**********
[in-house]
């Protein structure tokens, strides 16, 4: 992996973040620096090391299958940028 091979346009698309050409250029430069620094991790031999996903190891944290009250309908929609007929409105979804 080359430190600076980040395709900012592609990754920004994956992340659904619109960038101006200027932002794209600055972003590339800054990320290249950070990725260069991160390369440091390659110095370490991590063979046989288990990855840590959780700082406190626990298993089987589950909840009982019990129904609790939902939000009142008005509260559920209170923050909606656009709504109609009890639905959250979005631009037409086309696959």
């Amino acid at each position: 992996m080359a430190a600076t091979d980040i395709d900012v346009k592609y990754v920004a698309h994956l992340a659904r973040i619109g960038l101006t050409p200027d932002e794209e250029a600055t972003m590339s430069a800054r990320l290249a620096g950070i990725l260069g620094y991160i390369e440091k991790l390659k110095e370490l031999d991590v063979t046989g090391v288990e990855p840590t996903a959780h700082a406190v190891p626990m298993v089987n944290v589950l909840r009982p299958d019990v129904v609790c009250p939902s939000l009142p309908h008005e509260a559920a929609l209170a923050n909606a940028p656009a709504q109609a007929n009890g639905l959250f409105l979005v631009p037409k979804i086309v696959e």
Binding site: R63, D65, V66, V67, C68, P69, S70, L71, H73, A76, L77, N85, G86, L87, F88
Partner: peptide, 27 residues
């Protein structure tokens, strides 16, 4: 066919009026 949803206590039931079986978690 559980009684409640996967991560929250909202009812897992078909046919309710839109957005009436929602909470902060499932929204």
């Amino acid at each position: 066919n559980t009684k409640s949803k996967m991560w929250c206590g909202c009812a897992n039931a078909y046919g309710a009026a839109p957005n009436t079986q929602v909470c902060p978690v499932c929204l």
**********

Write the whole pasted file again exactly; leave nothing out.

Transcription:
[in-house]
């Protein structure tokens, strides 16, 4: 992996973040620096090391299958940028 091979346009698309050409250029430069620094991790031999996903190891944290009250309908929609007929409105979804 080359430190600076980040395709900012592609990754920004994956992340659904619109960038101006200027932002794209600055972003590339800054990320290249950070990725260069991160390369440091390659110095370490991590063979046989288990990855840590959780700082406190626990298993089987589950909840009982019990129904609790939902939000009142008005509260559920209170923050909606656009709504109609009890639905959250979005631009037409086309696959």
């Amino acid at each position: 992996m080359a430190a600076t091979d980040i395709d900012v346009k592609y990754v920004a698309h994956l992340a659904r973040i619109g960038l101006t050409p200027d932002e794209e250029a600055t972003m590339s430069a800054r990320l290249a620096g950070i990725l260069g620094y991160i390369e440091k991790l390659k110095e370490l031999d991590v063979t046989g090391v288990e990855p840590t996903a959780h700082a406190v190891p626990m298993v089987n944290v589950l909840r009982p299958d019990v129904v609790c009250p939902s939000l009142p309908h008005e509260a559920a929609l209170a923050n909606a940028p656009a709504q109609a007929n009890g639905l959250f409105l979005v631009p037409k979804i086309v696959e």
Binding site: R63, D65, V66, V67, C68, P69, S70, L71, H73, A76, L77, N85, G86, L87, F88
Partner: peptide, 27 residues
């Protein structure tokens, strides 16, 4: 066919009026 949803206590039931079986978690 559980009684409640996967991560929250909202009812897992078909046919309710839109957005009436929602909470902060499932929204």
């Amino acid at each position: 066919n559980t009684k409640s949803k996967m991560w929250c206590g909202c009812a897992n039931a078909y046919g309710a009026a839109p957005n009436t079986q929602v909470c902060p978690v499932c929204l």